Juvenile Justice Clinic Course
The Juvenile Justice Clinic is a law school program in which law students represent youth charged with misdemeanor and felony crimes in the District of Columbia under close faculty supervision. Charges typically include robbery, assault, burglary, weapons possession, and car theft. Clinic students also occasionally represent clients in special education and school disciplinary hearings.
Clinic students, faculty and fellows provide highly effective representation to their clients by protecting the youth's rights in the juvenile justice system and working to improve the youth's chances of becoming a productive citizen. Clinic faculty teach law students to exercise good judgment and to plan litigation and settlement strategies that attain their client's goals.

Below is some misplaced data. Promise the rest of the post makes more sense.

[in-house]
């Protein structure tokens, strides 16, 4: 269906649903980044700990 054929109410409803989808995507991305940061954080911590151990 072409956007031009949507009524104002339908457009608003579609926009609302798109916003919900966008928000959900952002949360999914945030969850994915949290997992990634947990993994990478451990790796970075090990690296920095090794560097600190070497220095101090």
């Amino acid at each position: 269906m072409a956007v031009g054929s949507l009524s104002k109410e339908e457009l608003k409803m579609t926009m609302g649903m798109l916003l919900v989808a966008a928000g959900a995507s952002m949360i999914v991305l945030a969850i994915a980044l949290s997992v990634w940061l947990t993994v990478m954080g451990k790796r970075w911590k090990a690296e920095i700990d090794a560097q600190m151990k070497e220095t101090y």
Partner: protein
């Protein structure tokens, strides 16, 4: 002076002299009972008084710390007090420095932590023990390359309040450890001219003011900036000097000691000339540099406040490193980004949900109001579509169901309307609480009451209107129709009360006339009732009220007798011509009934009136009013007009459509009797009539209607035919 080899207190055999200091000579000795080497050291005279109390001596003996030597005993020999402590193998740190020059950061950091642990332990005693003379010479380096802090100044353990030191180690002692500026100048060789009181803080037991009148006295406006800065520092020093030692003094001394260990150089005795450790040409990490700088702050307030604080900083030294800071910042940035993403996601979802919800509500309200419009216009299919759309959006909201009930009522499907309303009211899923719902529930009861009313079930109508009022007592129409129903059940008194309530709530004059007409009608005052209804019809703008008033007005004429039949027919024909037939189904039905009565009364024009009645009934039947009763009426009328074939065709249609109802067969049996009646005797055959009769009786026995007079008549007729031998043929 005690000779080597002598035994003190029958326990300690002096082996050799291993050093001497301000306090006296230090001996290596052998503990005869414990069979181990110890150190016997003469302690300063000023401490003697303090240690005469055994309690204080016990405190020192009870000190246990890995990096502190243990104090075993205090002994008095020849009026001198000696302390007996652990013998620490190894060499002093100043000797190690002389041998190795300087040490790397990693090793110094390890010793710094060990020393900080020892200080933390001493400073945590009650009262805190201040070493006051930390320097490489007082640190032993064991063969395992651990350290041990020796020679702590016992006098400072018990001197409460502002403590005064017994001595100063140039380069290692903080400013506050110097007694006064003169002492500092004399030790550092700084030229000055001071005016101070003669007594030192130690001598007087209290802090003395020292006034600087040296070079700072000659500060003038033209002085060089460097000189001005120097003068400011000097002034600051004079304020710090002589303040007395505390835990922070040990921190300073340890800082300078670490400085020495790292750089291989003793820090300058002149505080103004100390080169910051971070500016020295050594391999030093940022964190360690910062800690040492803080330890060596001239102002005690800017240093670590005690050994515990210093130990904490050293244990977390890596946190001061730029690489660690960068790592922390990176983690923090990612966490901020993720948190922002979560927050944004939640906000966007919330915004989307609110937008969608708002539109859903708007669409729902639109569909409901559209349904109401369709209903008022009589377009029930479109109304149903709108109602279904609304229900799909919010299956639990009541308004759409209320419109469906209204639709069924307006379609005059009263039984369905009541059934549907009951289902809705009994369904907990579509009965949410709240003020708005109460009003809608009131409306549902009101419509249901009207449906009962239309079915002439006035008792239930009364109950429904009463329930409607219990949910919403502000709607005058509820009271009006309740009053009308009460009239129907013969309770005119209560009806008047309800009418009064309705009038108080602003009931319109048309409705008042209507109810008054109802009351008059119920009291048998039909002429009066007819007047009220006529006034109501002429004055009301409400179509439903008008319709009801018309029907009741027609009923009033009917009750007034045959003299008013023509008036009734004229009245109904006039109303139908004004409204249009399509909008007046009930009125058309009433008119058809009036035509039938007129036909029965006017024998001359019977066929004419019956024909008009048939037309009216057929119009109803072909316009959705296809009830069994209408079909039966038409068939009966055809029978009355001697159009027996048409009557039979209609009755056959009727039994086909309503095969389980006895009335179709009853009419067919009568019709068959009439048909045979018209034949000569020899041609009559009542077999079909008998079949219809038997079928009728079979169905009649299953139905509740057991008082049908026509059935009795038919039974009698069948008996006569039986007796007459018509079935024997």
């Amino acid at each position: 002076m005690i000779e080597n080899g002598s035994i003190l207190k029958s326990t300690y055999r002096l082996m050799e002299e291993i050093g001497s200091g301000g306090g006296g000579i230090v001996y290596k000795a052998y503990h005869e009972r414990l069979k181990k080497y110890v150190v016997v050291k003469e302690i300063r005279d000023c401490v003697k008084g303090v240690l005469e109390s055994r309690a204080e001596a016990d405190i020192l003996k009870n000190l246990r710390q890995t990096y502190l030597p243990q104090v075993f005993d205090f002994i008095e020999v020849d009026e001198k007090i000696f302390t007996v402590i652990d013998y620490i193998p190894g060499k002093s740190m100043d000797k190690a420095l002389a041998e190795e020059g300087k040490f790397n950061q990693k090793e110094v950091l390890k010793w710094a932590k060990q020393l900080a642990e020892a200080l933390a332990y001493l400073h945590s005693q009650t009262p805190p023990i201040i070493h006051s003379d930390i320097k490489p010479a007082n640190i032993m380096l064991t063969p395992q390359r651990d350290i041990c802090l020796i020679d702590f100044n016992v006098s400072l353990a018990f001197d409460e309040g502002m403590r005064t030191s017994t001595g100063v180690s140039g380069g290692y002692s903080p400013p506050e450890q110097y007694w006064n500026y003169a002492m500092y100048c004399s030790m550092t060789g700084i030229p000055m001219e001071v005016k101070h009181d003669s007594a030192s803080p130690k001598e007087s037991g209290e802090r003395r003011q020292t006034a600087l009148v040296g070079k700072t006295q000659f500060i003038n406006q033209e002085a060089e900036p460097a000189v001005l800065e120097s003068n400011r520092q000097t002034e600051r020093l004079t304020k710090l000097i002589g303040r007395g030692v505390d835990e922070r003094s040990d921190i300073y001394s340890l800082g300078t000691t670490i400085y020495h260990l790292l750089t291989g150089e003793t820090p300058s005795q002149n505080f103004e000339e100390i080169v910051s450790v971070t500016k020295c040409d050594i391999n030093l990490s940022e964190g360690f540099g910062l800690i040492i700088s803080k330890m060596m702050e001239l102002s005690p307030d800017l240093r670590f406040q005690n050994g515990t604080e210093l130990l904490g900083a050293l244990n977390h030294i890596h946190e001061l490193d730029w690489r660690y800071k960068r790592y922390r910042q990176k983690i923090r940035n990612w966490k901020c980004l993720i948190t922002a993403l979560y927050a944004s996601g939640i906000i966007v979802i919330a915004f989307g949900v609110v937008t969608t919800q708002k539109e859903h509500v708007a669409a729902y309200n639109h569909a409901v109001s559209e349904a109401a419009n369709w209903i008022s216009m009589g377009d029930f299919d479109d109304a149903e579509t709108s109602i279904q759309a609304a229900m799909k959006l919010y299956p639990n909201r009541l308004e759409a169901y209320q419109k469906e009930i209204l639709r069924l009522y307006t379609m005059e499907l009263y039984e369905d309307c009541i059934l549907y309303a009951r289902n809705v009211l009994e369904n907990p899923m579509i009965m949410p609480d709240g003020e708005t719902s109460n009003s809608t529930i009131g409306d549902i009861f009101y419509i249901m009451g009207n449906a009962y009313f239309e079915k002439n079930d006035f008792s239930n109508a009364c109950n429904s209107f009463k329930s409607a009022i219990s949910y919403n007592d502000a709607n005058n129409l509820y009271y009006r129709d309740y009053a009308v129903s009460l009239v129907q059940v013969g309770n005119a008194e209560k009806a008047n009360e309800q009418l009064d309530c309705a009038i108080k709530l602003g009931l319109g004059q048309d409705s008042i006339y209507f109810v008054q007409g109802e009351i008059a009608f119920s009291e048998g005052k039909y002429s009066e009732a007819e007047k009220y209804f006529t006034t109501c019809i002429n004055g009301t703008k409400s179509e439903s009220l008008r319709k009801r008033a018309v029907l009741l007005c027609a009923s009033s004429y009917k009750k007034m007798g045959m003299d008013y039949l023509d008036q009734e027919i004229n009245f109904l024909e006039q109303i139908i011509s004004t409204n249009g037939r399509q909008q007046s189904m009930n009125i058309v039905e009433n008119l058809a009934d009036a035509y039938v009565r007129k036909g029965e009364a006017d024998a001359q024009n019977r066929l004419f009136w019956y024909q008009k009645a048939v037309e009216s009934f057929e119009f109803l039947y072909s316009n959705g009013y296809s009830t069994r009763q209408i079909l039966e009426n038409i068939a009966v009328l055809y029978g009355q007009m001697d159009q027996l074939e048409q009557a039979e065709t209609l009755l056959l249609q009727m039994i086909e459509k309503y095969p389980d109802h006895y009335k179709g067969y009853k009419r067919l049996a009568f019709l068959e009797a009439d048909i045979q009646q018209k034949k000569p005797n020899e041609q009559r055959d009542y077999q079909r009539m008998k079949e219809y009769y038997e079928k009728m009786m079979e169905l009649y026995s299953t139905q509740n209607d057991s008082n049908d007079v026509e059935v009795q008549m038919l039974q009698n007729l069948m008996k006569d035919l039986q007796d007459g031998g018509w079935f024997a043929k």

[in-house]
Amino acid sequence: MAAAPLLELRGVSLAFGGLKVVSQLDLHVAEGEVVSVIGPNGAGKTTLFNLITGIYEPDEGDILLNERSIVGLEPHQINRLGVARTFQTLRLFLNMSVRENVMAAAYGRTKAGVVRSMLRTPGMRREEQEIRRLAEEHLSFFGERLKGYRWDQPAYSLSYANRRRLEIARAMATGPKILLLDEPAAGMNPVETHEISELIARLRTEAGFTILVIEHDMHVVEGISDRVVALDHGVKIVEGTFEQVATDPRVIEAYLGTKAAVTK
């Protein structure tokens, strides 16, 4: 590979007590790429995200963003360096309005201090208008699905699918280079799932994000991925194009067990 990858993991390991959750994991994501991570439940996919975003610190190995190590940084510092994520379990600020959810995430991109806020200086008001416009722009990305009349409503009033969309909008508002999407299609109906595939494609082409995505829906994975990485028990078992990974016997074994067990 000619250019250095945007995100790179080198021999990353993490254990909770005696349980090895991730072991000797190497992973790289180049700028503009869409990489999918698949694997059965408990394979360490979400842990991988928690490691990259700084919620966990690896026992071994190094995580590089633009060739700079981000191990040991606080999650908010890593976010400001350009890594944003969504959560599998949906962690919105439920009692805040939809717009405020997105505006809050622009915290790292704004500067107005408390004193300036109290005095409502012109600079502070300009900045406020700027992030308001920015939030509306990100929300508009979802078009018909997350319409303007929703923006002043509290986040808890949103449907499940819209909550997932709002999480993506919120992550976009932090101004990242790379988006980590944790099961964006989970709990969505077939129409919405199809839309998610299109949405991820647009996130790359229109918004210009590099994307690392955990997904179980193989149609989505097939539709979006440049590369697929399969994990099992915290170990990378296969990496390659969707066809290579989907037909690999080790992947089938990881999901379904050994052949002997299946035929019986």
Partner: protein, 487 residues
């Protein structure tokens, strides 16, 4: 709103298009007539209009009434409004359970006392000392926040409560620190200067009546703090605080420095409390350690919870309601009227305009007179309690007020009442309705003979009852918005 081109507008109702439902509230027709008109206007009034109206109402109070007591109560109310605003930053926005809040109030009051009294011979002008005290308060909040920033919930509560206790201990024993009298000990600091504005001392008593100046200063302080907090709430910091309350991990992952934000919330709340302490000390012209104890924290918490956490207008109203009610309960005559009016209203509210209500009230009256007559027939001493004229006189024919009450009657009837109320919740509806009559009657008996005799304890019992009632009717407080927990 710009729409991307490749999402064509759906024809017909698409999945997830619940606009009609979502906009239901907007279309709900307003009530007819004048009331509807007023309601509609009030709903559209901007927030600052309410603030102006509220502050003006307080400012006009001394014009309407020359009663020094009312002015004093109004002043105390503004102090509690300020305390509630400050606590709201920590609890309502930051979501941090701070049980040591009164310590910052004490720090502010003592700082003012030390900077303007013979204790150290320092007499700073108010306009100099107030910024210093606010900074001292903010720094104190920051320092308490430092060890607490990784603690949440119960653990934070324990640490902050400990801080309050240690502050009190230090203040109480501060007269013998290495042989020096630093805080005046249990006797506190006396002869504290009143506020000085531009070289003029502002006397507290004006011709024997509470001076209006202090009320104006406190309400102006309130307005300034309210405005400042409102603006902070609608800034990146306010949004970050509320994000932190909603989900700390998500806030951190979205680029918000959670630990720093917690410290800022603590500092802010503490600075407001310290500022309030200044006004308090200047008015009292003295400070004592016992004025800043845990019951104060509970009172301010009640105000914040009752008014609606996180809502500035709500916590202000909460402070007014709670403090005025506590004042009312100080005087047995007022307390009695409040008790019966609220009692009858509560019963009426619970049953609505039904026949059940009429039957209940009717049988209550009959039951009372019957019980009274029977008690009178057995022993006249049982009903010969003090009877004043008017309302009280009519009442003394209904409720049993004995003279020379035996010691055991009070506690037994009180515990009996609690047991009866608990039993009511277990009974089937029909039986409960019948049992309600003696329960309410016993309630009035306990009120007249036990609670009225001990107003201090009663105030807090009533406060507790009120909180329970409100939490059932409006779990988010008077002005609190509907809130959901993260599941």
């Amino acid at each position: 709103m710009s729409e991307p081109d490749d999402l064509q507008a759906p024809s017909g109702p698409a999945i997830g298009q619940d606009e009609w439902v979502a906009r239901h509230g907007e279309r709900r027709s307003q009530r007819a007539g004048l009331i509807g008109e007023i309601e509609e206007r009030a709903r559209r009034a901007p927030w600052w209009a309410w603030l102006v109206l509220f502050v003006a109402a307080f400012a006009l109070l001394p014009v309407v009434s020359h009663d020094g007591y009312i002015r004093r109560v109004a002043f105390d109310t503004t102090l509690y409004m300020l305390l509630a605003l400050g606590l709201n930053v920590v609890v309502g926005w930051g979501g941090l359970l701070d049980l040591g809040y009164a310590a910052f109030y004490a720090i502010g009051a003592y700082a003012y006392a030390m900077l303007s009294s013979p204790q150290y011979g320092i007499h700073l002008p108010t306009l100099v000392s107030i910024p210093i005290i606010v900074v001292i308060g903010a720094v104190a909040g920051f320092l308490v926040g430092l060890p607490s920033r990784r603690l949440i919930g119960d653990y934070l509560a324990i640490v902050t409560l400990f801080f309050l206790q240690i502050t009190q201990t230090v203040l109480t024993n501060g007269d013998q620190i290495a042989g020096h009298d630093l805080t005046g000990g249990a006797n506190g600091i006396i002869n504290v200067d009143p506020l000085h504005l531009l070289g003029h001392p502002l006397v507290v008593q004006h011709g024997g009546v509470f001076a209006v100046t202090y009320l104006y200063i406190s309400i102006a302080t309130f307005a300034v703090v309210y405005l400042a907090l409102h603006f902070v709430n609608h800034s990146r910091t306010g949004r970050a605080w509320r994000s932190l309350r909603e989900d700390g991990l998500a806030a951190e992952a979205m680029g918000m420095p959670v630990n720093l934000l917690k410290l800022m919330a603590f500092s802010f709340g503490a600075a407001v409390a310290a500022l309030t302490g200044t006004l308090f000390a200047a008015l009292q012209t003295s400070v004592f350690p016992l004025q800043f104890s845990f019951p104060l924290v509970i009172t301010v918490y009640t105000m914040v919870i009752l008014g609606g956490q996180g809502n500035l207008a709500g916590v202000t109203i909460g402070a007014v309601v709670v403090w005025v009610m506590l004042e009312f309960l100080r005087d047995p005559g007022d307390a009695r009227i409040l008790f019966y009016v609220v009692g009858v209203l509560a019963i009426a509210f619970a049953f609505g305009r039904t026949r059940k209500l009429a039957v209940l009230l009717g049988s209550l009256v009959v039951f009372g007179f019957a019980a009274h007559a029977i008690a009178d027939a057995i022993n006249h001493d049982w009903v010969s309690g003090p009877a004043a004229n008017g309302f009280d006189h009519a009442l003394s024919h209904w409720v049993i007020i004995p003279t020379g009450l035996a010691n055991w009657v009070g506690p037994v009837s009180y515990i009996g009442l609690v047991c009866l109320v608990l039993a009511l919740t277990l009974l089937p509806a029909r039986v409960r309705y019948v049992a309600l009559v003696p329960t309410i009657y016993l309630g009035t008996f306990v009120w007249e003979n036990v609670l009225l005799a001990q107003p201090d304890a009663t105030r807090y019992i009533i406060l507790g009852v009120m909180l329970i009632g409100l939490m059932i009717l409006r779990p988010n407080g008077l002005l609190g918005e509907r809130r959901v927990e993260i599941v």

Through their case work and classroom assignments, clinic students learn to think independently, synthesize facts and legal principles, and develop interviewing, counseling, negotiation, and trial skills.
Students receive 14 credits for completing an entire year in the clinic and 9 credits for completing only the Fall semester.
Conflicts of Interest
A stringent federal conflict of interest statute prevents students who are employed by the District of Columbia government or by the U.S. Attorney's Office for the District of Columbia from participating in the Juvenile Justice Clinic.